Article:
These tall, athletic tight ends have become two of the most feared pass catchers in the league.
Anthony Becht has already said he will void his contract and become a free agent. Jerramy Stevens is an unrestricted free agent. Even Smith's future is cloudy as he enters the final year of his rookie contract. He's been solid, but not spectacular.
So the Bucs will certainly be looking at the tight ends during this weekend's National Scouting Combine, with the hope that maybe one that can become their Gonzalez or Gates.
But two they won't get to look at are Missouri's Martin Rucker and USC's Fred Davis. Both are considered among the top tight ends in this draft class. But both are nursing injuries and don't want to risk aggravating them. Rucker will wait for his pro day to do everything, while Davis will do the bench press and nothing else.
Each is out to prove to NFL coaches that they can be a complete tight end. For now, both are perceived primarily as pass-catching tight ends.
It's doubtful the Bucs will ignore either player (neither said on Thursday that they've met with the Bucs yet), given that both are considered potential first-day selections after terrific senior seasons in 2007.
Davis (6-foot-2, 251 pounds) won the Mackey award as college football's best tight end after catching 55 passes for 764 yards and 7 touchdowns his senior year. Davis has some swelling in his knee and will work out for scouts again in April.
Davis' pass-catching prowess isn't surprising. He started with the Trojans as a wide receiver. But his weight necessitated a move to tight end after his first year.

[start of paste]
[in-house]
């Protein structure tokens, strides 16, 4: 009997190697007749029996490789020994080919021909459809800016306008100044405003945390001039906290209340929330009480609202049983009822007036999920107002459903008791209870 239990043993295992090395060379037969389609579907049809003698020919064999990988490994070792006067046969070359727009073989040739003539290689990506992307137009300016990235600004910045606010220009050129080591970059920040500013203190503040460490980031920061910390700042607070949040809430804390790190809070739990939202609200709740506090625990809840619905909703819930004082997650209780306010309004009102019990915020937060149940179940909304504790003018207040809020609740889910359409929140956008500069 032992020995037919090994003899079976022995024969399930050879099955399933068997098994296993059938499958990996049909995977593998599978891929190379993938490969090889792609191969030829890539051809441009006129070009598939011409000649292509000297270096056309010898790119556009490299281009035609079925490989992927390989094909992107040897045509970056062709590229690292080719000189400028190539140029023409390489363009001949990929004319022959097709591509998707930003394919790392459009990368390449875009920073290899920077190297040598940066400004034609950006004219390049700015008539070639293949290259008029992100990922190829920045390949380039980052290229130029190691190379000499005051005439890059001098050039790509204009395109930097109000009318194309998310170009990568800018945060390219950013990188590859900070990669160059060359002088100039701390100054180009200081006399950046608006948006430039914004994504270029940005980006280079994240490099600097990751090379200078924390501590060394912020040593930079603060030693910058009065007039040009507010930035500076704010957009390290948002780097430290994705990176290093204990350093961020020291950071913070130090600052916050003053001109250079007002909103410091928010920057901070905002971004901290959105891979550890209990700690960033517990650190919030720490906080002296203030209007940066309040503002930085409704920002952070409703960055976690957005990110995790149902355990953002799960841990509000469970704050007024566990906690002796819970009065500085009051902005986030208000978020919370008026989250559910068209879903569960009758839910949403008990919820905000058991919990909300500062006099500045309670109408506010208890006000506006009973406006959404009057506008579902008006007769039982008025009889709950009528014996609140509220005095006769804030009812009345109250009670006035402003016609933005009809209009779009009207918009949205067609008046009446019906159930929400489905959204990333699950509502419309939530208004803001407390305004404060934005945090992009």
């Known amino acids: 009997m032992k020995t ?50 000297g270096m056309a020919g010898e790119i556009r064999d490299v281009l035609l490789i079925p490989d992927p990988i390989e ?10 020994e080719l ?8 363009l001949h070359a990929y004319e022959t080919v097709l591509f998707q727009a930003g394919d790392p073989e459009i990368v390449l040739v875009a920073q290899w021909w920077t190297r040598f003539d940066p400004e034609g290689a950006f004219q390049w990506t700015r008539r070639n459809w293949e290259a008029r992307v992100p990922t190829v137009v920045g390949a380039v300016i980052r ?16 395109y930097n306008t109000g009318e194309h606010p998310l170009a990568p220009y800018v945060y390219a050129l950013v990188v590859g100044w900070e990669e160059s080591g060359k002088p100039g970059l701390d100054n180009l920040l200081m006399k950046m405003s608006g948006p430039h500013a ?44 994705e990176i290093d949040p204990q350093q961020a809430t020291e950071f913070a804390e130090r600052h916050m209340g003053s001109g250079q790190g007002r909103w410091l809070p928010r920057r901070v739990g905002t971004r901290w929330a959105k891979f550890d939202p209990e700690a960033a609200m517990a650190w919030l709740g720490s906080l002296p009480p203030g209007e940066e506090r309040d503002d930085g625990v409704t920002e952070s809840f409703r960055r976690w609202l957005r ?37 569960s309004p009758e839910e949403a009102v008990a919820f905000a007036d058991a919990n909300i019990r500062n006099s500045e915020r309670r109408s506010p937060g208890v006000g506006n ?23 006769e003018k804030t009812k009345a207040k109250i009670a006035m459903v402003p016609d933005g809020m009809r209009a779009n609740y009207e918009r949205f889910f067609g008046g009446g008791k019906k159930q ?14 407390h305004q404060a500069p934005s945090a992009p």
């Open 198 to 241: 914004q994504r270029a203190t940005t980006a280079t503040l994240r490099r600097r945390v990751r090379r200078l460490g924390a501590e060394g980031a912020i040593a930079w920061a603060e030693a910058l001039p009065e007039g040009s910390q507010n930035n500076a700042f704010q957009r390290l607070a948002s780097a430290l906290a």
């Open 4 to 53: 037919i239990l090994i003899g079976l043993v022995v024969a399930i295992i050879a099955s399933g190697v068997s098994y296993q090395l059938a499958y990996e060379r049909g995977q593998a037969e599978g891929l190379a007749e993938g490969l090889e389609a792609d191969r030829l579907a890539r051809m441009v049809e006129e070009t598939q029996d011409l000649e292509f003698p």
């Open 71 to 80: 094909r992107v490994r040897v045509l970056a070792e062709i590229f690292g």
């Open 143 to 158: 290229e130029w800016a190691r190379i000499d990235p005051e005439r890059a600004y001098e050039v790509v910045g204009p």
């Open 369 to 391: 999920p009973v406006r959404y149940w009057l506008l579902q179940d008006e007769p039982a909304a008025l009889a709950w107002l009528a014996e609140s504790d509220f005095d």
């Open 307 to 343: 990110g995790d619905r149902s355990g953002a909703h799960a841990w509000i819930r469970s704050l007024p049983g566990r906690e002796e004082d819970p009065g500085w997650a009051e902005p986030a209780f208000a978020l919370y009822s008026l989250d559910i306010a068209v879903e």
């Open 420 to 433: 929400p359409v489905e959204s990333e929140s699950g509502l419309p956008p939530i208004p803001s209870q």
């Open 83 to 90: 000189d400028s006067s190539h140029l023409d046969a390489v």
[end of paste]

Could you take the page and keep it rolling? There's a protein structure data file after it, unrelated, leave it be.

"When I came back in the fall I came back at 240 pounds and I told them I would try any position they wanted, and they said tight end," Davis said. "All I really had to learn was the three-point stance."
That weight is too big for a wide receiver. But it's just right for today's tight end. Tight ends are moving around in modern NFL offenses. They no longer play tethered to the left or right tackle. They set up in the slot, split out wide or even in the backfield.
The Bucs use plenty of two-tight end sets, and many times at least one of those linemen shift into a different position before the snap.
Davis did a lot of that at USC, but he knows his strength — and what will get him drafted — is his receiving ability.
"Getting downfield, stretching the field and being one on one with a safety, that's my strong point," Davis said.
Rucker (6-foot-6, 255 pounds) played in a spread offense at Missouri and catch 84 passes for 834 yards and 8 touchdowns last season. He has a couple of chips to get off his shoulder. First, he must prove he can play with his hand in the dirt. He split out wide quite a bit in Missouri's offense.
"I'm looking to be the complete tight end and there's no reason I can't do that," Rucker said.
The second is proving that he can block at a NFL level, something NFL coaches demand, even of players like Gonzalez and Gates.
"Everyone knows I can run," Rucker said. Everyone knows I can catch. The big thing they want to see me do is block."
And for that the Bucs — and everyone else — will have to wait until March 6 and 20, which are Missouri's pro days.
Matthew Postins covers the Buccaneers for BucsBlitz.com and the Charlotte Sun-Herald in Port Charlotte, Fla. An award-winning member of the Pro Football Writers Association, he appears frequently on Scot Brantley Show from 3-6 p.m. weekdays on WHBO 1470-AM in Tampa-Clearwater.